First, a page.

Article & Photos by: Jacqueline Bennett newsandviewsjb   

Windsor, Connecticut provided a compelling tenth anniversary commemoration, recreating its award-winning tribute to the victims of 9/11, “Walk of Light.” Drawing viewers from near and far, and replicated elsewhere, for the third time since the September 11, 2001 terrorist attacks against the United States, nearly 3,000 luminaries inscribed with the victim’s names, decorated and personalized by local students and civic groups lined Windsor’s historic town green.

Walk of Light 2011

In resounding voice Rev. Robert L. Littlejohn, Jr., pastor from the Pilgrim Way Baptist Church, shared moving words with the crowd gathered on the green, “America the beautiful …. We ARE a great nation……in spite of our pain and loss we must NEVER quit …. we must NEVER give in… march on…..”

Mayor Donald Trinks told the group, “ I couldn’t be more proud of my hometown than I am tonight.”

“I was determined to make an observance that allows people to reflect in their own way. People can come and just sit for a couple hours on the green or stroll the walk with family, friends or alone. We just want people to know – we are here,” Enita Jubrey, assistant to the town manager and tribute organizer, said prior to the event.

Jubrey not only coordinated the tributes, held in 2002, 2006 and 2011, but for the first anniversary she proposed the original which won a 2002 Savvy award. More than 5,000 visitors turned out, a figure surpassed for the fifth and tenth anniversaries.

Town staff and community volunteers created and executed the three commemorations with a goal to honor each life lost in the attacks in a “simple yet poignant” way. Over the past several months, social studies students from

Sage Park Middle School and Windsor High School researched the personal histories of the victims online and decorated 1,900 of the bags. Other Windsor students from Madina Academy-a Muslim school, St.Gabriel’s School and Trinity Christian School, as well as, inmates at the York Correctional Institution decorated the remaining bags.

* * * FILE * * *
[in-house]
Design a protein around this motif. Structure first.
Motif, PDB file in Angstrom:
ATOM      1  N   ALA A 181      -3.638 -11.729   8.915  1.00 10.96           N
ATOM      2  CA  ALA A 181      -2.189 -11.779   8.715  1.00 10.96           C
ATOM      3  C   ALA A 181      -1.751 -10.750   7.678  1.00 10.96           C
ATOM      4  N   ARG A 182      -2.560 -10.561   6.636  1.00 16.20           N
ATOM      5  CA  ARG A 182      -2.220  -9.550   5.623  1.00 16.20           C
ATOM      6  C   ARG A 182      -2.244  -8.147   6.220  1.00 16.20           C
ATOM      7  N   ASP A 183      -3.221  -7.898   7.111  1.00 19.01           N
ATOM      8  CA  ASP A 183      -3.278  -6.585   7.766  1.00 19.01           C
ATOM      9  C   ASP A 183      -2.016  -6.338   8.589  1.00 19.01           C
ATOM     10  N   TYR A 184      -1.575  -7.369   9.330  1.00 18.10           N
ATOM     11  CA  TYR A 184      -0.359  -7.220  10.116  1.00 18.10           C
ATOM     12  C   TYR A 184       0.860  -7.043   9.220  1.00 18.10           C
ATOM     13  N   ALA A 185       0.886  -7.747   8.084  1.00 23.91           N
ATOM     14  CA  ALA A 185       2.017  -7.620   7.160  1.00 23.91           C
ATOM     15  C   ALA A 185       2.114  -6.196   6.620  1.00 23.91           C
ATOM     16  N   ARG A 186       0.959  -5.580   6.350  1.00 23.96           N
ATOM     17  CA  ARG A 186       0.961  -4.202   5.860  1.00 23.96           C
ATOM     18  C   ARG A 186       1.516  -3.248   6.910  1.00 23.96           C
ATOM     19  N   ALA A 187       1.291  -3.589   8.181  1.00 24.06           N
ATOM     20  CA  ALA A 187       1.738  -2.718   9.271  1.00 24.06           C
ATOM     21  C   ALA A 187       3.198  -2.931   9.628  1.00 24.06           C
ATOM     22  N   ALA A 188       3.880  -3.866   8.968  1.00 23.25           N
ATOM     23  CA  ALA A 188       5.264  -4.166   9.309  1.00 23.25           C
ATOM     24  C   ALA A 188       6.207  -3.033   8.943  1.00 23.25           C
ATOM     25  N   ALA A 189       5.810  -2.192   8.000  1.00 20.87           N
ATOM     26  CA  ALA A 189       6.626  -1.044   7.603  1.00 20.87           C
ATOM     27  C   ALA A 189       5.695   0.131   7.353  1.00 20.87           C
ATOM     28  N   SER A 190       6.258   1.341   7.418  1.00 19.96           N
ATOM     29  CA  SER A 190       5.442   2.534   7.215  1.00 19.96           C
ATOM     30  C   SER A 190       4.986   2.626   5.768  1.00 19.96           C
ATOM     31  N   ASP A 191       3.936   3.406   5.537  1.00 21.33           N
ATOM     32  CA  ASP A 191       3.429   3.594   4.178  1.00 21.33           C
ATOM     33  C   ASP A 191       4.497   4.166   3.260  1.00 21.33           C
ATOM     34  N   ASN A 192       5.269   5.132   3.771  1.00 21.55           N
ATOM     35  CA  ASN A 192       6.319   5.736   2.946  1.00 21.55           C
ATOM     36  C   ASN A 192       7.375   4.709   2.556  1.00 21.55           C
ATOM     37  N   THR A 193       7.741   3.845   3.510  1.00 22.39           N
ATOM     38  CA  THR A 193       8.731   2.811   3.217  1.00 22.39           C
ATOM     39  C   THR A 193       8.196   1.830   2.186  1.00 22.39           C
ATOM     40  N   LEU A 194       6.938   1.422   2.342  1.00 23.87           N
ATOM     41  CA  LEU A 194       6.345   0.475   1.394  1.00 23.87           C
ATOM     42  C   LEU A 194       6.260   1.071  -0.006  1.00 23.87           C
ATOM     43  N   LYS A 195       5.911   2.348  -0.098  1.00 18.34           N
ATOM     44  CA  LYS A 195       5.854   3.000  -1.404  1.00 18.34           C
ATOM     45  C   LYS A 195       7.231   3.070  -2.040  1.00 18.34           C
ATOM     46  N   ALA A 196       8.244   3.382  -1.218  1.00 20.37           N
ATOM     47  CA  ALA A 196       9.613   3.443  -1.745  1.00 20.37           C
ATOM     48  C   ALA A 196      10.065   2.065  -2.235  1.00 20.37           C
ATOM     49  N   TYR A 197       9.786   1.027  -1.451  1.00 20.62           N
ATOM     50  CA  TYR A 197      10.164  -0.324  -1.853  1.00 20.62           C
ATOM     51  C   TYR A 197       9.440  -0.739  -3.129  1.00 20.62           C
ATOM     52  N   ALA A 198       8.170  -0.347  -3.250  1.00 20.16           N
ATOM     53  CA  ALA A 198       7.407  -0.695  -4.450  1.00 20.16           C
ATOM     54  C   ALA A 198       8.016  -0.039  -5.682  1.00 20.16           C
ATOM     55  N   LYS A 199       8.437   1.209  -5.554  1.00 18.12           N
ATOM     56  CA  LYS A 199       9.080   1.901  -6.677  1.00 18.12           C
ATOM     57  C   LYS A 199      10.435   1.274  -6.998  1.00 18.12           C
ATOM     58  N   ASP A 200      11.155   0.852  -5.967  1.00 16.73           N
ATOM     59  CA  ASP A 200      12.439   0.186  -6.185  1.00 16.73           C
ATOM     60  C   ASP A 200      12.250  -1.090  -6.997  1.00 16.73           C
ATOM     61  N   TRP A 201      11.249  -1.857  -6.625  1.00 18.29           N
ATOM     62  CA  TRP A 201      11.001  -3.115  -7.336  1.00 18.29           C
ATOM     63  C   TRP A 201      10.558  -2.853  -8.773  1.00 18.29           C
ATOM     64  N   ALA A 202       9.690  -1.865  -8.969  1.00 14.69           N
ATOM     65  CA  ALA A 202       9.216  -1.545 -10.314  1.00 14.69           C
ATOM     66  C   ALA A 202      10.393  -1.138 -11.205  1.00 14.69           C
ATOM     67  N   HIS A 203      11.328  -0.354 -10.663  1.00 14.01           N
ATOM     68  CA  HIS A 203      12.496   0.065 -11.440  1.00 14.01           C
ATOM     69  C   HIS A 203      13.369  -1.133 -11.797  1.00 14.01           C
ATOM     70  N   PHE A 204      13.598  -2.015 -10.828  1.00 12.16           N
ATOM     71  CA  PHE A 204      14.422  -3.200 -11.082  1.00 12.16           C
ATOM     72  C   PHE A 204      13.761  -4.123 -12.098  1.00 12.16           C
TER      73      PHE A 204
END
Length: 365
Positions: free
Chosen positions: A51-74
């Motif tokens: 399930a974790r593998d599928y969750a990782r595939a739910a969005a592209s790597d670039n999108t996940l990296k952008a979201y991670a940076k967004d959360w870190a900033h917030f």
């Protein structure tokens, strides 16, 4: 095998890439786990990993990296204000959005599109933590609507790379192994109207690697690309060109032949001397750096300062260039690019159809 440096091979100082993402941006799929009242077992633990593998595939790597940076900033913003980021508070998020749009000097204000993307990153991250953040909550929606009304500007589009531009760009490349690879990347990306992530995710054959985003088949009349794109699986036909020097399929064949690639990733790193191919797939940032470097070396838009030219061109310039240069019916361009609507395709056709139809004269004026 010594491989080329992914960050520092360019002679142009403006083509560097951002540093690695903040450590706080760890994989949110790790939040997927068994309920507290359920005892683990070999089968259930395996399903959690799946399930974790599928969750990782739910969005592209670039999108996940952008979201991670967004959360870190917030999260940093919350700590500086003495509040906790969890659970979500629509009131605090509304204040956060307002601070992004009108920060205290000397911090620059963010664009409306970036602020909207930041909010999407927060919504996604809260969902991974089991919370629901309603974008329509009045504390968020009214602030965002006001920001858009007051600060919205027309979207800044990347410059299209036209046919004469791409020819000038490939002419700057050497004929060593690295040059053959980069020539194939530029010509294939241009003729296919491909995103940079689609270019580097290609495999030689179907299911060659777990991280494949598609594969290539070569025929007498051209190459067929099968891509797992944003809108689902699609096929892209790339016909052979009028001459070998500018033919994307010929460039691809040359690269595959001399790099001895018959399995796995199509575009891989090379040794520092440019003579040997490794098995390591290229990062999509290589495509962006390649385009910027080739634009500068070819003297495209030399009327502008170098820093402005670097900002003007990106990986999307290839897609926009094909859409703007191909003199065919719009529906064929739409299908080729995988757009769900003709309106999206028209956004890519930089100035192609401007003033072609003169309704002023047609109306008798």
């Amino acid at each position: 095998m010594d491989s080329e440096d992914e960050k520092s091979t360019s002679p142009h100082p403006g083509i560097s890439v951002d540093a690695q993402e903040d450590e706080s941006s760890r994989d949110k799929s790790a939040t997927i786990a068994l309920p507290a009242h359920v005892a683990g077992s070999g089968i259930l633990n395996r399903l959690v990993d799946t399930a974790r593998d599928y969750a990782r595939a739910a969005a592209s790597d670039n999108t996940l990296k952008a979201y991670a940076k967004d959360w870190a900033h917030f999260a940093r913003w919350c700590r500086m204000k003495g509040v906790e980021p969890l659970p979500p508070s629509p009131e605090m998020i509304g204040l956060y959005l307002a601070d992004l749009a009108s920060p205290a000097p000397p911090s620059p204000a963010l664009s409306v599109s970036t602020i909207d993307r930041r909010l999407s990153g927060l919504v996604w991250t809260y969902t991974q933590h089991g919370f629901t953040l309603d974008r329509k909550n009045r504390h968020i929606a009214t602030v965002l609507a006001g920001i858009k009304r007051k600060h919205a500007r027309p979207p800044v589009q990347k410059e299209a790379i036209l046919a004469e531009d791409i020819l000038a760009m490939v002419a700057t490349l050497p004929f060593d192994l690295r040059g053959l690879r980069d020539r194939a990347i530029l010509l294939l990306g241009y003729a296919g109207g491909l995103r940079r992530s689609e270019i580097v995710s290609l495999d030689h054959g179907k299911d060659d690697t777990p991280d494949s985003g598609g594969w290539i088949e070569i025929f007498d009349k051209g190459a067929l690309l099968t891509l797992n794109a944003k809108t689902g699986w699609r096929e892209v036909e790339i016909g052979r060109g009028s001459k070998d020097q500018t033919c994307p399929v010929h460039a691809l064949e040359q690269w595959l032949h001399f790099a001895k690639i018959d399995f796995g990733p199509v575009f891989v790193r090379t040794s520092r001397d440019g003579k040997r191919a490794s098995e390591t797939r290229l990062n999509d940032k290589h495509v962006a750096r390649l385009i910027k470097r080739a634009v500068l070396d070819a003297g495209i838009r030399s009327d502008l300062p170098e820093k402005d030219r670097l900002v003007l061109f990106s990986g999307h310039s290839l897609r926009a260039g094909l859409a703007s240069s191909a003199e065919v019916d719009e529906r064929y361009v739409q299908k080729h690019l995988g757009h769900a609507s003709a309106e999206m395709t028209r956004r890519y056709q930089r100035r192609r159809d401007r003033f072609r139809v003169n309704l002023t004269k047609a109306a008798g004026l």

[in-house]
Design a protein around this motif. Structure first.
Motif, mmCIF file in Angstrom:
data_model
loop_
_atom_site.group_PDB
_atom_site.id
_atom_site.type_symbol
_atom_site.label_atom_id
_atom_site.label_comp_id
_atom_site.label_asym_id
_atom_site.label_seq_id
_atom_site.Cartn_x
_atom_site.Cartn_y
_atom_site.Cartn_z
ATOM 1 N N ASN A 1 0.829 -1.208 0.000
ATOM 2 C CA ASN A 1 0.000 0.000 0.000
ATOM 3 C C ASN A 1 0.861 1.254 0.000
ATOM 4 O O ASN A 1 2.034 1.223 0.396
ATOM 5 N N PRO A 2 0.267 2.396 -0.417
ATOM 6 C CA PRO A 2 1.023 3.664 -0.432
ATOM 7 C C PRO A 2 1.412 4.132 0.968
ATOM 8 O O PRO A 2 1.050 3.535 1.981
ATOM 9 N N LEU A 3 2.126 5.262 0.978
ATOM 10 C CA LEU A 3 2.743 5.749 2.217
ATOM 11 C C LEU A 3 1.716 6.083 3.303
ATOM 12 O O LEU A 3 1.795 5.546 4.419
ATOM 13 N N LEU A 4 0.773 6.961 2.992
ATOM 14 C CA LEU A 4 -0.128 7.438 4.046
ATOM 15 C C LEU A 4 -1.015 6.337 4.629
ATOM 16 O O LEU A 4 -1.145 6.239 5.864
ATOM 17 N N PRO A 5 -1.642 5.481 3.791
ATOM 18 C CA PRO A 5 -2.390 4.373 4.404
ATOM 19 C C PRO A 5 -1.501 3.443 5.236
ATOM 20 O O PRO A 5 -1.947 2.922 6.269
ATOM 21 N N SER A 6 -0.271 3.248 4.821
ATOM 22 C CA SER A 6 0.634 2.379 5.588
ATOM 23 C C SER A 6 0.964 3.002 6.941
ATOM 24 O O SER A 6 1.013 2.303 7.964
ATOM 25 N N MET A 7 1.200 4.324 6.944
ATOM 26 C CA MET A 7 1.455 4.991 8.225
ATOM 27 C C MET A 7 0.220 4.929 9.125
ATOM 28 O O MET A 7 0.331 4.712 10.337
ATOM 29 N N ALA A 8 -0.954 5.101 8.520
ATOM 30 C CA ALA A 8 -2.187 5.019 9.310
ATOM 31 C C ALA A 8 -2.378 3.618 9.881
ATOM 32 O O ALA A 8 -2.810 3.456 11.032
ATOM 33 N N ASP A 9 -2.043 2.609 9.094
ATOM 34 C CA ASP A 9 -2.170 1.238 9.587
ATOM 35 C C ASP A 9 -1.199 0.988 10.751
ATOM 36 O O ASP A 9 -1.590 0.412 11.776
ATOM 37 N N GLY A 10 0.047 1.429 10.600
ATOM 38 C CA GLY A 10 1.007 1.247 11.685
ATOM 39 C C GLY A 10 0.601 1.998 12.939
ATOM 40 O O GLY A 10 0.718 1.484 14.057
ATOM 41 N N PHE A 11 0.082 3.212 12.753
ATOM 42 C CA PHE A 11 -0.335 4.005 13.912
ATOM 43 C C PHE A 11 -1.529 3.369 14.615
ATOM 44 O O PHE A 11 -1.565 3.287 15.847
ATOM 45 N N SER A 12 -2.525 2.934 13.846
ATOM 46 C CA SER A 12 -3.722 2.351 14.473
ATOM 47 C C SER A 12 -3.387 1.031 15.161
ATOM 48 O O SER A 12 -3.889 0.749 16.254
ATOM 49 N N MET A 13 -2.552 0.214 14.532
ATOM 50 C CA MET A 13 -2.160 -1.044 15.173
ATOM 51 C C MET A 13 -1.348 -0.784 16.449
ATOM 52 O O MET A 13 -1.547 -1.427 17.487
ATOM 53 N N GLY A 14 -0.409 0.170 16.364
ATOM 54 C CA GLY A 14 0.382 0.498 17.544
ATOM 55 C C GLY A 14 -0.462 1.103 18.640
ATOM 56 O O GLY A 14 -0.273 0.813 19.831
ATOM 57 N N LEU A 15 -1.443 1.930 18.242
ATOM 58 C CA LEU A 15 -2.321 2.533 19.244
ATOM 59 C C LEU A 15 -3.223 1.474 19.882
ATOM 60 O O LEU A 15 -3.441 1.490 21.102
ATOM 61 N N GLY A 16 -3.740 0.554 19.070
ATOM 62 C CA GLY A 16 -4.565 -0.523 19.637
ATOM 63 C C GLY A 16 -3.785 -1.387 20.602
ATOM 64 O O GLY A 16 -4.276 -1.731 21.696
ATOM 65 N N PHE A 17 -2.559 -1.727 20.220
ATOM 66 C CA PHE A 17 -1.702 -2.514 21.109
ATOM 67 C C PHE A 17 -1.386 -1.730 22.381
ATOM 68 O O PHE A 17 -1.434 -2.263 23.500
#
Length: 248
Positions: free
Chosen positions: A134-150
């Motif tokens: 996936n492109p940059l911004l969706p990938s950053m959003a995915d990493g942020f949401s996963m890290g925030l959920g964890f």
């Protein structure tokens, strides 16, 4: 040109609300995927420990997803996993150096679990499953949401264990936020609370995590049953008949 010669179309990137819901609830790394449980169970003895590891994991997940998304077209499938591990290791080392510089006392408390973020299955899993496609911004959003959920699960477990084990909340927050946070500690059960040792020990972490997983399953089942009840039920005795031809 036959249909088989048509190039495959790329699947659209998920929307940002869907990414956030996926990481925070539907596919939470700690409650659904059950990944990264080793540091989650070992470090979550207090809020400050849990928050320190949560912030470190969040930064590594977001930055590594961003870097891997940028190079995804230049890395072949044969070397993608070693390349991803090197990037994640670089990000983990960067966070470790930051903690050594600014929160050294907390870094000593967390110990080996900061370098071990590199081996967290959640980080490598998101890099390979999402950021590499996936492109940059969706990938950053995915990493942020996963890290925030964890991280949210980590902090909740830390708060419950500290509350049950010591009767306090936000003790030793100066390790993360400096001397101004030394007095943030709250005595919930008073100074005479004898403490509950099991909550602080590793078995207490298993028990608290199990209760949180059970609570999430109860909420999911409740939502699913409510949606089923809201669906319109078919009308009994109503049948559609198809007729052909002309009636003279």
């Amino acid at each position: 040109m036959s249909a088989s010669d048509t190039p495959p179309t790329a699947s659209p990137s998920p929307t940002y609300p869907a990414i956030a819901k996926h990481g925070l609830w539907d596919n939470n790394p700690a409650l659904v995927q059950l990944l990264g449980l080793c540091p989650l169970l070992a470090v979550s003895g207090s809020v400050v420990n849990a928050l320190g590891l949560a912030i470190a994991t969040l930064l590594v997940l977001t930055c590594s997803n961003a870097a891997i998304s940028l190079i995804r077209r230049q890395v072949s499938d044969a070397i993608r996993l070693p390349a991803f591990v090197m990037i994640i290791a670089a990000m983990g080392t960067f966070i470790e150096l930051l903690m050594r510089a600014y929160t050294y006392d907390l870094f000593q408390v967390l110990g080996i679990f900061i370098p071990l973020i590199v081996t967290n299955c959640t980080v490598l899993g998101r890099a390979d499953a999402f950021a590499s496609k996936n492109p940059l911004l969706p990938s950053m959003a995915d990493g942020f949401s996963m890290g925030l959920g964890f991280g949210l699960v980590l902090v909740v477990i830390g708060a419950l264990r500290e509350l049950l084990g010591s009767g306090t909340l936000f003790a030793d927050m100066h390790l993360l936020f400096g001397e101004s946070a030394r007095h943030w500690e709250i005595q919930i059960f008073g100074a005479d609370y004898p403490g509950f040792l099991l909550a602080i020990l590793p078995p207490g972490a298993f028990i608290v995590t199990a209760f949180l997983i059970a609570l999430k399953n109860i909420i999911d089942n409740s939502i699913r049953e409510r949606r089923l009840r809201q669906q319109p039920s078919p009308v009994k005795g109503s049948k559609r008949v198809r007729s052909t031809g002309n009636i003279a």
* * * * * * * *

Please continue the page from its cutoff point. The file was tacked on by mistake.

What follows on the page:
On the steps of Windsor Town Hall

Enita Jubrey

WHS sophomore Mallori Thompson, who helped decorate the luminaries, was six years old and in elementary school at the time of the attacks. She recalled that although the youngsters were not given details about what was happening her teachers seemed nervous.

“I remember we didn’t have recess,” she said.

Windsor Volunteer Firefighters

On Sunday, 9/11/2011, staff and volunteers spent the day filling the luminary bags with sand. Indicative of the continued significance of town greens in the historical tapestry of New England, the luminaries were placed on the sidewalks along the full length of Windsor Town Green, approximately two football fields long or four times the size of Madison Square Garden. At 6:30 p.m. volunteers began snapping and inserting red, white and blue glow sticks into the bags which glowed brightly into the night.

In front of town hall, which is located on the green and was illuminated and draped in American flags, a brief ceremony took place at 7:00 p.m. –  including speakers, an a cappella rendition of the Star Spangled Banner by the band Tirebiter, a traditional bell-tolling from the Windsor Volunteer Fire Department and “Amazing Grace” performed by bagpiper Richard Shea.

Amazing Grace performed by bagpiper Richard Shea

Resident Maureen Donegan, whose brother William Hill Kelly, Jr. was killed in the attack on the World Trade Center in New York, attended the tribute with her husband and their two daughters.

Billy Kelly’s family

“I truly feel privileged to live in Windsor, a community that cares so much about how it honors those who were lost on September 11th,” she had said earlier. She also praised a 9/11 Memorial sculpture that stands in the WHS courtyard, created through the combined efforts of special education students, a local sculptor and an art student.